(On TV, August 2016) In an age of CGI-fuelled extravagant spectacles, you’d think that a special-effect-free western Dances with Wolves would be underwhelming … but it’s not. A sweeping western epic, this is a movie that still feels great today largely because it so grounded. You can compare the film’s standout buffalo hunting sequence to the SFX-heavy stampede in Abraham Lincoln: Vampire Hunter (as sacrilegious it may be to even mention both movies in the same paragraph) and there’s no comparison: the best special effect remains reality. It helps that the film itself is solidly put together: Dances with Wolves remains director/star Kevin Costner’s most notable achievement, and still one of his best roles to date. (Contrarily to his other career-best The Bodyguard, his stoic persona hadn’t fully solidified by then, and he seems more adept in the various facets of his role.) There are also notable roles for Graham Greene, and the lovely Mary McConnell. While Dances with Wolves’ pacing can be maddening throughout its three hours, it does help create the sense of scale that the story requires: As shown by the film’s title, it’s very much a character-driven piece set against the immensity of the frontier, as a white man comes to adopt the native way of life. As such, I think that it has weathered the past quarter-century better than other similar pieces. From my limited white-guy privilege, interrogating the story through a white-saviour perspective doesn’t lead to a full-blown condemnation, since the protagonist doesn’t do all that much to save “the others” (arguably, he only creates trouble for them along the way), and “the others” are portrayed with some nuance. While I’m not a natural audience for westerns (nor assimilation narratives, and especially not three-hour films), Dances With Wolves flows better than I expected, and remains just as respectable today as it was back in 1990. It’s still an impressive achievement, even without computer-generated hordes of buffalos.
(Video on Demand, July 2016) There’s something unintentionally amusing in seeing Ryan Reynolds in Criminal as a man whose personality gets transferred into a new body … given that’s pretty much what happened to his characters in Self/Less, RIPD and The Change-Up as well. There are a few crucial differences, though, and the first being that actor Reynolds is sent home early in Criminal after a short thrilling sequence that concludes with his death. The film’s real lead is Kevin Costner, as an unredeemable psychopath who ends up being an ideal memory transfer subject. Much of the movie is a standard terrorist chase through London, but there are enough wrinkles here to keep anyone interested: In particular, the dramatic tension between Reynolds’s do-good protagonist and Costner’s morally empty anti-hero is surprisingly compelling. There’s an impressive roster of known actors in small roles, from Tommy Lee Jones as a reluctant scientist to Gary Oldman as a CIA manager intent on cracking the case, with Gal Gadot as a non-super-heroic turn as the wife of Reynold’s character. As a blend of thrills and SF ideas, Criminal is competent. Less fortunately, director Ariel Vromen seem content in doing things conventionally, and it wouldn’t have been difficult to imagine the film playing out more grandiosely, taking fuller advantage of its set-pieces. The action scenes are fine, but they could have been done better. Still, wasted potential is more interesting than no potential, and if Criminal didn’t do blockbuster business during its brief theatrical run, it’s got enough of a budget, stars and ideas to make it a more than decent cable-TV choice.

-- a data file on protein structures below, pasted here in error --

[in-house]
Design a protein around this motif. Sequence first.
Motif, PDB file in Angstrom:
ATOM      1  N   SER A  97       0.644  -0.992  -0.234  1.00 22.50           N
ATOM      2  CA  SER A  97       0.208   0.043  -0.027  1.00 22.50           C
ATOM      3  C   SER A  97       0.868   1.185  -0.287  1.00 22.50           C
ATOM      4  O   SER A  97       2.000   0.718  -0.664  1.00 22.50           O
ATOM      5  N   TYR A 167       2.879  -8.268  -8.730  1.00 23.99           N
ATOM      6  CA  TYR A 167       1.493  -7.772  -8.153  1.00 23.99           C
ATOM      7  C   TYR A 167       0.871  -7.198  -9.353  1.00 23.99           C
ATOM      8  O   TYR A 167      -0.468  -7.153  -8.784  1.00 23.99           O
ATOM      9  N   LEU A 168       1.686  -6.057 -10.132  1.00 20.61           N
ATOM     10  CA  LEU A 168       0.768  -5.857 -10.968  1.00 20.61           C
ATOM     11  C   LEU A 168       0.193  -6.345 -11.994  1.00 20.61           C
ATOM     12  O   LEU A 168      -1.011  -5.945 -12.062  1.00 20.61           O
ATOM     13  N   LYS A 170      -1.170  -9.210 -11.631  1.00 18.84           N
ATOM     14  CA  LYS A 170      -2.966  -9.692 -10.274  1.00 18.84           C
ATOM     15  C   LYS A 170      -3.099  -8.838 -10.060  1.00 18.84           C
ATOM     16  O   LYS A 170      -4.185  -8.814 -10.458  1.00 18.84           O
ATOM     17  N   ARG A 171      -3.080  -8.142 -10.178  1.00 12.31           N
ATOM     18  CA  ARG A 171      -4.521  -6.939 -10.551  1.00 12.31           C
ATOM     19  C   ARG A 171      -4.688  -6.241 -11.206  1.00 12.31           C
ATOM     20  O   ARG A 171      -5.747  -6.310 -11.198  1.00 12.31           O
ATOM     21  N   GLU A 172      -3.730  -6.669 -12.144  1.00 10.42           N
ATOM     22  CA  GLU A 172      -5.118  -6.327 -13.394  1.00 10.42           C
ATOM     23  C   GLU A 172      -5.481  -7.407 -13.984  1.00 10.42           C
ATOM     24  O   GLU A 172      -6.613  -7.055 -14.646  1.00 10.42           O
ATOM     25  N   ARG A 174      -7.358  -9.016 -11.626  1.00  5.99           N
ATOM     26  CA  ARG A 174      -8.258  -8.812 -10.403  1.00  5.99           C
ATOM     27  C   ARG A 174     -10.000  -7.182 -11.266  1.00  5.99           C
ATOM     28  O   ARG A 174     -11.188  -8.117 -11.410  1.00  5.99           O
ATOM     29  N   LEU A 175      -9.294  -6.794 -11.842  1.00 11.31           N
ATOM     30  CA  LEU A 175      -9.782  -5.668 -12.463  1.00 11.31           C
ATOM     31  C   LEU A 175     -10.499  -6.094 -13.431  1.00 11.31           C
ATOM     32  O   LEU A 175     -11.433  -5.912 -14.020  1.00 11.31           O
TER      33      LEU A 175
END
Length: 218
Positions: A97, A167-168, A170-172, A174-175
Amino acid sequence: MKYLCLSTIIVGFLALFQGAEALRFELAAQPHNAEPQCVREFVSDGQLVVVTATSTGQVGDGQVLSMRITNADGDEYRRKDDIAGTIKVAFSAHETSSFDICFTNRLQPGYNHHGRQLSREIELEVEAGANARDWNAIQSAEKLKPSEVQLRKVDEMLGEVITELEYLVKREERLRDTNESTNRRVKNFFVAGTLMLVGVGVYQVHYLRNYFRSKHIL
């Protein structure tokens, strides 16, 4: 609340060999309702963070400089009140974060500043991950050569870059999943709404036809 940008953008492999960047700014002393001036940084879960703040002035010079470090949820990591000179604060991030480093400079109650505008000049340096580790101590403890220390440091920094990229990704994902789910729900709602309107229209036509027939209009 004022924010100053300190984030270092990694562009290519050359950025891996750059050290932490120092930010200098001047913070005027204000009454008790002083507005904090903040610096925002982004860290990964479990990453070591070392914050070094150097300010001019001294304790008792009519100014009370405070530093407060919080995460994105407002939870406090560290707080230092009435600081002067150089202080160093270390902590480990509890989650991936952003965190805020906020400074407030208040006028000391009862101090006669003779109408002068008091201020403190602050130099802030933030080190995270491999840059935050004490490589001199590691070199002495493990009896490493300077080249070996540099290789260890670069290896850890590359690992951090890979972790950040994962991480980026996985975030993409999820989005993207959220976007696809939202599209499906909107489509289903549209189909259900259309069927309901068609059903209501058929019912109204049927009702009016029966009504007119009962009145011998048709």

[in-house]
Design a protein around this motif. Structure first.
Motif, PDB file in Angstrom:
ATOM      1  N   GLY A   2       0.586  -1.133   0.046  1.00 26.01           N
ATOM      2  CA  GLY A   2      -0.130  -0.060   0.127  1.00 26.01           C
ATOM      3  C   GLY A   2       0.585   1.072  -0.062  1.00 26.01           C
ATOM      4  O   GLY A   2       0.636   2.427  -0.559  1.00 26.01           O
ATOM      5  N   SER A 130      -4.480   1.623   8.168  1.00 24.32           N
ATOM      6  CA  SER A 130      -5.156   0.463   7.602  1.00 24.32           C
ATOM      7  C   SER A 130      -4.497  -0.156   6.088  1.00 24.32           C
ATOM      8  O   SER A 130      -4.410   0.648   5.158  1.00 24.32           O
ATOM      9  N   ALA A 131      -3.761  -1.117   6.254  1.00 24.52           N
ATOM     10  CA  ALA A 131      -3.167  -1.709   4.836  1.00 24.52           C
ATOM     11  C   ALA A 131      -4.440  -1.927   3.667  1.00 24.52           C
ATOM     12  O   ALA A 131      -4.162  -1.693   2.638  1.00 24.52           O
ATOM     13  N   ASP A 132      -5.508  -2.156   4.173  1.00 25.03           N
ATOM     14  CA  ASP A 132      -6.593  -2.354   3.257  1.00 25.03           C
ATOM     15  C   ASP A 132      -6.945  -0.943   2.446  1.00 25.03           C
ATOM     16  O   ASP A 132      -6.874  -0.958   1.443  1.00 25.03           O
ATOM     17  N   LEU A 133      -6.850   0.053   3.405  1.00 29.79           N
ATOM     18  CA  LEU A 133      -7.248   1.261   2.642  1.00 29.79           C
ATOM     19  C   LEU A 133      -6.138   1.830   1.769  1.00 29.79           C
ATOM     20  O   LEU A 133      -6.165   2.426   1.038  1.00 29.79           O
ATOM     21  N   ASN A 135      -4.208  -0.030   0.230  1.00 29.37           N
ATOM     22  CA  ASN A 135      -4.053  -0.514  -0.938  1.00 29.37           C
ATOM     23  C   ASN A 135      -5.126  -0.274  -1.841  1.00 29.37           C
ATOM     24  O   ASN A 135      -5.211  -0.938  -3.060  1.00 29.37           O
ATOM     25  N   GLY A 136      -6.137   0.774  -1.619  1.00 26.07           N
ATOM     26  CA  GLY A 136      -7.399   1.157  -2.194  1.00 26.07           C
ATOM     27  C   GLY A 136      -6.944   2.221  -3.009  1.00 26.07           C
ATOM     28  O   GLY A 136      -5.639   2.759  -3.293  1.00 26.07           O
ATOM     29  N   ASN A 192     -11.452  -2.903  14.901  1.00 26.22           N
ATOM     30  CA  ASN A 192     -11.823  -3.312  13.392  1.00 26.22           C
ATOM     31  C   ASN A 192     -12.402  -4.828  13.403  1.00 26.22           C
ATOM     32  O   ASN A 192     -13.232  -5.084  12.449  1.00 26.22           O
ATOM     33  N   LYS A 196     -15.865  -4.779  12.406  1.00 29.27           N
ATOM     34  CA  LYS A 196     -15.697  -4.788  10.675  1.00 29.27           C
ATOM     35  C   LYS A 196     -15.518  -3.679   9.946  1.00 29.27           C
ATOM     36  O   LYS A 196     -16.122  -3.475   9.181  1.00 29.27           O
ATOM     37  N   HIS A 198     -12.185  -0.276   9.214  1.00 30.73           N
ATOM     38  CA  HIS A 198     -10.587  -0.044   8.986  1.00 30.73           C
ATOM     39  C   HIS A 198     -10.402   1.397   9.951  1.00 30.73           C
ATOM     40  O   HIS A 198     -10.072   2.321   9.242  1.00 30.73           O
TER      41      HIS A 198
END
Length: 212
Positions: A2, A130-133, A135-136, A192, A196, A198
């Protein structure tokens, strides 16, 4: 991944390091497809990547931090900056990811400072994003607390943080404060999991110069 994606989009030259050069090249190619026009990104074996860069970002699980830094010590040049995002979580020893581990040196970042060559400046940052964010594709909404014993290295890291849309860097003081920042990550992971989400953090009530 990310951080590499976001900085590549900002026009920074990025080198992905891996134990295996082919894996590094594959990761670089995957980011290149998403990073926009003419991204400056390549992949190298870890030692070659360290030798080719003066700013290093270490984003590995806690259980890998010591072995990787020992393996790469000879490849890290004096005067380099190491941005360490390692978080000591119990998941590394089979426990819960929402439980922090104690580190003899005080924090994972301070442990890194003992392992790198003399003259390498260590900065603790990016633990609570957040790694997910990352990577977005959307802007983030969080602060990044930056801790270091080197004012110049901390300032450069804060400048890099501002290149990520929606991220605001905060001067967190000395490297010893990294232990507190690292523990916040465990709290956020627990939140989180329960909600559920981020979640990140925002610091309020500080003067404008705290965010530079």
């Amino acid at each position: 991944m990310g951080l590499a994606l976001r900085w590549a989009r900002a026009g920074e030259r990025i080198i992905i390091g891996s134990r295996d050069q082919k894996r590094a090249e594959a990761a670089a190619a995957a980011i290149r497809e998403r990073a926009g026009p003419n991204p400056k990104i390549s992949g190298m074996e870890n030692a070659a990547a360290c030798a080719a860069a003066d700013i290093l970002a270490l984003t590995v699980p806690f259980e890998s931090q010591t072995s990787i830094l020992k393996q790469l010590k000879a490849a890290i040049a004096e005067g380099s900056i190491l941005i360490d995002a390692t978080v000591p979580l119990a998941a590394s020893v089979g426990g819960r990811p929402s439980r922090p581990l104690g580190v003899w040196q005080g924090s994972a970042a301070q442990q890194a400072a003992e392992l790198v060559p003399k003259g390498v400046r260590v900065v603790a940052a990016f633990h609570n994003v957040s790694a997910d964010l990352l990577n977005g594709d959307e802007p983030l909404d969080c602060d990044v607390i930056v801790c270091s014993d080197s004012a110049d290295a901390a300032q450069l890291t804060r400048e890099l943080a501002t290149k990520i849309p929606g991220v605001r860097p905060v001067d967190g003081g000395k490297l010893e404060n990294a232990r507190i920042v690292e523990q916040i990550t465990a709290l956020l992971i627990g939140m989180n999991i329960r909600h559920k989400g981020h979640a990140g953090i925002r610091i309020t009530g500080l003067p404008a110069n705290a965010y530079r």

(On TV, June 2016) Watching Robin Hood: Prince of Thieves twenty-five years after release (almost to the day) is a reminder about the evolution of the Hollywood blockbuster between the eighties and nineties. You can see in Robin Hood the elements that would make up the blockbuster tropes of the nineties, but you can also see the remnants of eighties-style filmmaking stiffness: The slightly-too-slow pacing, the quirks that don’t necessarily reinforce the film’s strengths, the unconscious irritation (such as the attempted-rape elements of the conclusion) the stiff studio staging, and so on. Director Kevin Reynolds doesn’t do a bad job with what he’s given, but it’s a film of its time. It’s good, but it’s not necessarily polished to a shine like latter blockbusters would be. It doesn’t help that Kevin Costner is off as Robin Hood: his stoic persona can’t accommodate the more light-hearted requirements of the role. On the other hand, Alan Rickman is fantastic as the all-out villainous antagonist, Mary Elizabeth Mastrantonio looks great at Maid Marian, and Morgan Freeman gets a pretty good role as an Islamic Moor stuck in the madness. Watching this film today, after the pop-culture clichés and most notably the 1993 full-length Mel Brooks parody Robin Hood: Men in Tights, is strangeness multiplied. But then again I was in high school when Robin Hood: Prince of Thieves came out—much of the pop culture of the time has stuck in my head to a degree that may not be as extreme for other viewers.